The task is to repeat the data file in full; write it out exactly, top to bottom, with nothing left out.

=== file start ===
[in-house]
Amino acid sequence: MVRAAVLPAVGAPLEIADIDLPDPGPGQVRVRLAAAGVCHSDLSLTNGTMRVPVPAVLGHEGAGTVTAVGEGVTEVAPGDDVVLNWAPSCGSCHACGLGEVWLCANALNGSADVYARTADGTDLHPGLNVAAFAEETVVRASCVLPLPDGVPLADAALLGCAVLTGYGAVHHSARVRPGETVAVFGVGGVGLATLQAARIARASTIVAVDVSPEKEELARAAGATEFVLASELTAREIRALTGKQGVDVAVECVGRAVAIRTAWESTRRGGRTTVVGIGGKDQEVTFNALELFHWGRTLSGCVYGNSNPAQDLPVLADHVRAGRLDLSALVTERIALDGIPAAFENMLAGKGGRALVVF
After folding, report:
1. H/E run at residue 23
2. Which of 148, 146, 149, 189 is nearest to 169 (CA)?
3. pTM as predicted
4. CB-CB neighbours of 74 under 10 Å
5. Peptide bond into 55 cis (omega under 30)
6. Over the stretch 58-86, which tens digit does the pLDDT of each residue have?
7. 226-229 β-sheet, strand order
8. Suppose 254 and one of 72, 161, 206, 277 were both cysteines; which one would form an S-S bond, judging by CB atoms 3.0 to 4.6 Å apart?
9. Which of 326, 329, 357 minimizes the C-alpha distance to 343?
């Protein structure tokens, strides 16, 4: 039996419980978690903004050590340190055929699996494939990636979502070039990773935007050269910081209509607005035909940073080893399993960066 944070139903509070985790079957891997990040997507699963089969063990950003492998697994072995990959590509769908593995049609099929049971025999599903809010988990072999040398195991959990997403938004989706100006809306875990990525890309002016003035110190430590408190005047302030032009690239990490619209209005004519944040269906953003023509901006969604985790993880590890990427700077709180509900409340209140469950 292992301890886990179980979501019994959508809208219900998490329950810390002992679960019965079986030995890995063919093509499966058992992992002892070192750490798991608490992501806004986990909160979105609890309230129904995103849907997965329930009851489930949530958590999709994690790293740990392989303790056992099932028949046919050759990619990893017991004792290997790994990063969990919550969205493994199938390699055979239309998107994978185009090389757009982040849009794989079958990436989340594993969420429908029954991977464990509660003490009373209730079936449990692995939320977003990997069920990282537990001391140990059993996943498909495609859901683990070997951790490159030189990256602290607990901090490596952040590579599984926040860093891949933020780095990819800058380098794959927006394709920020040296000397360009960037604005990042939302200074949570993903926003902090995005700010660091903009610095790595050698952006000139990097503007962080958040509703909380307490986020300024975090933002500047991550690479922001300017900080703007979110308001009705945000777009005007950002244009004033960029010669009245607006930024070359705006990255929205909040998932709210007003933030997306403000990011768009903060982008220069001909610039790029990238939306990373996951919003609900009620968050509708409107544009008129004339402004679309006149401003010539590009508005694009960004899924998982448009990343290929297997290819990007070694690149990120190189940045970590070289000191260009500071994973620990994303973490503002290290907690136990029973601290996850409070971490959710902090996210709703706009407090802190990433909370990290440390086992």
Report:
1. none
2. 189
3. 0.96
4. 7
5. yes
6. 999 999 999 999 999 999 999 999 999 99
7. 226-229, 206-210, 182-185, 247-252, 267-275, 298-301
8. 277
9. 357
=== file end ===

[in-house]
Amino acid sequence: MVRAAVLPAVGAPLEIADIDLPDPGPGQVRVRLAAAGVCHSDLSLTNGTMRVPVPAVLGHEGAGTVTAVGEGVTEVAPGDDVVLNWAPSCGSCHACGLGEVWLCANALNGSADVYARTADGTDLHPGLNVAAFAEETVVRASCVLPLPDGVPLADAALLGCAVLTGYGAVHHSARVRPGETVAVFGVGGVGLATLQAARIARASTIVAVDVSPEKEELARAAGATEFVLASELTAREIRALTGKQGVDVAVECVGRAVAIRTAWESTRRGGRTTVVGIGGKDQEVTFNALELFHWGRTLSGCVYGNSNPAQDLPVLADHVRAGRLDLSALVTERIALDGIPAAFENMLAGKGGRALVVF
After folding, report:
1. H/E run at residue 23
2. Which of 148, 146, 149, 189 is nearest to 169 (CA)?
3. pTM as predicted
4. CB-CB neighbours of 74 under 10 Å
5. Peptide bond into 55 cis (omega under 30)
6. Over the stretch 58-86, which tens digit does the pLDDT of each residue have?
7. 226-229 β-sheet, strand order
8. Suppose 254 and one of 72, 161, 206, 277 were both cysteines; which one would form an S-S bond, judging by CB atoms 3.0 to 4.6 Å apart?
9. Which of 326, 329, 357 minimizes the C-alpha distance to 343?
């Protein structure tokens, strides 16, 4: 039996419980978690903004050590340190055929699996494939990636979502070039990773935007050269910081209509607005035909940073080893399993960066 944070139903509070985790079957891997990040997507699963089969063990950003492998697994072995990959590509769908593995049609099929049971025999599903809010988990072999040398195991959990997403938004989706100006809306875990990525890309002016003035110190430590408190005047302030032009690239990490619209209005004519944040269906953003023509901006969604985790993880590890990427700077709180509900409340209140469950 292992301890886990179980979501019994959508809208219900998490329950810390002992679960019965079986030995890995063919093509499966058992992992002892070192750490798991608490992501806004986990909160979105609890309230129904995103849907997965329930009851489930949530958590999709994690790293740990392989303790056992099932028949046919050759990619990893017991004792290997790994990063969990919550969205493994199938390699055979239309998107994978185009090389757009982040849009794989079958990436989340594993969420429908029954991977464990509660003490009373209730079936449990692995939320977003990997069920990282537990001391140990059993996943498909495609859901683990070997951790490159030189990256602290607990901090490596952040590579599984926040860093891949933020780095990819800058380098794959927006394709920020040296000397360009960037604005990042939302200074949570993903926003902090995005700010660091903009610095790595050698952006000139990097503007962080958040509703909380307490986020300024975090933002500047991550690479922001300017900080703007979110308001009705945000777009005007950002244009004033960029010669009245607006930024070359705006990255929205909040998932709210007003933030997306403000990011768009903060982008220069001909610039790029990238939306990373996951919003609900009620968050509708409107544009008129004339402004679309006149401003010539590009508005694009960004899924998982448009990343290929297997290819990007070694690149990120190189940045970590070289000191260009500071994973620990994303973490503002290290907690136990029973601290996850409070971490959710902090996210709703706009407090802190990433909370990290440390086992």
Report:
1. none
2. 189
3. 0.96
4. 7
5. yes
6. 999 999 999 999 999 999 999 999 999 99
7. 226-229, 206-210, 182-185, 247-252, 267-275, 298-301
8. 277
9. 357